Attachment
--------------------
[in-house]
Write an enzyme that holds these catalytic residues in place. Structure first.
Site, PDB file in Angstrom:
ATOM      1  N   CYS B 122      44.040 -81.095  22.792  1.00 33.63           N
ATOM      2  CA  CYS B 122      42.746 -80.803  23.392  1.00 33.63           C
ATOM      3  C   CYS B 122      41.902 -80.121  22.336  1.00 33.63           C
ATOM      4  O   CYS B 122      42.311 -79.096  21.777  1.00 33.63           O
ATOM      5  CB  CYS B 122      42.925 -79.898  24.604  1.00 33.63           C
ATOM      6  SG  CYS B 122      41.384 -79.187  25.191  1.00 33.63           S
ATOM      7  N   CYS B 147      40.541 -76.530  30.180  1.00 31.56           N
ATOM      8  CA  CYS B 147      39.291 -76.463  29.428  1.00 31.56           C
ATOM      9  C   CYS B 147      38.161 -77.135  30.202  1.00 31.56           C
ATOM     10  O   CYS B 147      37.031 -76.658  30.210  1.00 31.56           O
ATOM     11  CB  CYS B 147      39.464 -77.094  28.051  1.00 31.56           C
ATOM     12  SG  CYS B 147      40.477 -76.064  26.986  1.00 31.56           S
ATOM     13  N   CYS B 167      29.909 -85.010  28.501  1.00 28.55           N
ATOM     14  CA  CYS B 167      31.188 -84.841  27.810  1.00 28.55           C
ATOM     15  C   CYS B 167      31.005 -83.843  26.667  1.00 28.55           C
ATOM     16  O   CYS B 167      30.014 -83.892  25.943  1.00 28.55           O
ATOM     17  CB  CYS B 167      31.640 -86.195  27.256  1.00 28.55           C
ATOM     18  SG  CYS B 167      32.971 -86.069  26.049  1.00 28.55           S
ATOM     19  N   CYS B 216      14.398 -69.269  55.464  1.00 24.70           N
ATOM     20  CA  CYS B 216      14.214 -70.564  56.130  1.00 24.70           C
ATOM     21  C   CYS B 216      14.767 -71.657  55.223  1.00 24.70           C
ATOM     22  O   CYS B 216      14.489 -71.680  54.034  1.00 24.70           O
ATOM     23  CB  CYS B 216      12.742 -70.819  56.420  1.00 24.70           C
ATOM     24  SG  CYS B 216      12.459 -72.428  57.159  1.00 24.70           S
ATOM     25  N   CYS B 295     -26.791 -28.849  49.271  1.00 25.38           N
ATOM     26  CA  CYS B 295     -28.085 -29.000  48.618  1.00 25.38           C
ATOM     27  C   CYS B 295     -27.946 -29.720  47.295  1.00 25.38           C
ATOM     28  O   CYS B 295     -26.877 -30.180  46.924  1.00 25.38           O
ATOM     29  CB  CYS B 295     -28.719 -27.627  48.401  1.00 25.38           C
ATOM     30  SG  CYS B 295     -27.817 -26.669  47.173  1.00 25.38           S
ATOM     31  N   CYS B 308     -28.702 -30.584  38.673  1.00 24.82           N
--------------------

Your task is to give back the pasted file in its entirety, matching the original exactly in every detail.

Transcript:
[in-house]
Write an enzyme that holds these catalytic residues in place. Structure first.
Site, PDB file in Angstrom:
ATOM      1  N   CYS B 122      44.040 -81.095  22.792  1.00 33.63           N
ATOM      2  CA  CYS B 122      42.746 -80.803  23.392  1.00 33.63           C
ATOM      3  C   CYS B 122      41.902 -80.121  22.336  1.00 33.63           C
ATOM      4  O   CYS B 122      42.311 -79.096  21.777  1.00 33.63           O
ATOM      5  CB  CYS B 122      42.925 -79.898  24.604  1.00 33.63           C
ATOM      6  SG  CYS B 122      41.384 -79.187  25.191  1.00 33.63           S
ATOM      7  N   CYS B 147      40.541 -76.530  30.180  1.00 31.56           N
ATOM      8  CA  CYS B 147      39.291 -76.463  29.428  1.00 31.56           C
ATOM      9  C   CYS B 147      38.161 -77.135  30.202  1.00 31.56           C
ATOM     10  O   CYS B 147      37.031 -76.658  30.210  1.00 31.56           O
ATOM     11  CB  CYS B 147      39.464 -77.094  28.051  1.00 31.56           C
ATOM     12  SG  CYS B 147      40.477 -76.064  26.986  1.00 31.56           S
ATOM     13  N   CYS B 167      29.909 -85.010  28.501  1.00 28.55           N
ATOM     14  CA  CYS B 167      31.188 -84.841  27.810  1.00 28.55           C
ATOM     15  C   CYS B 167      31.005 -83.843  26.667  1.00 28.55           C
ATOM     16  O   CYS B 167      30.014 -83.892  25.943  1.00 28.55           O
ATOM     17  CB  CYS B 167      31.640 -86.195  27.256  1.00 28.55           C
ATOM     18  SG  CYS B 167      32.971 -86.069  26.049  1.00 28.55           S
ATOM     19  N   CYS B 216      14.398 -69.269  55.464  1.00 24.70           N
ATOM     20  CA  CYS B 216      14.214 -70.564  56.130  1.00 24.70           C
ATOM     21  C   CYS B 216      14.767 -71.657  55.223  1.00 24.70           C
ATOM     22  O   CYS B 216      14.489 -71.680  54.034  1.00 24.70           O
ATOM     23  CB  CYS B 216      12.742 -70.819  56.420  1.00 24.70           C
ATOM     24  SG  CYS B 216      12.459 -72.428  57.159  1.00 24.70           S
ATOM     25  N   CYS B 295     -26.791 -28.849  49.271  1.00 25.38           N
ATOM     26  CA  CYS B 295     -28.085 -29.000  48.618  1.00 25.38           C
ATOM     27  C   CYS B 295     -27.946 -29.720  47.295  1.00 25.38           C
ATOM     28  O   CYS B 295     -26.877 -30.180  46.924  1.00 25.38           O
ATOM     29  CB  CYS B 295     -28.719 -27.627  48.401  1.00 25.38           C
ATOM     30  SG  CYS B 295     -27.817 -26.669  47.173  1.00 25.38           S
ATOM     31  N   CYS B 308     -28.702 -30.584  38.673  1.00 24.82           N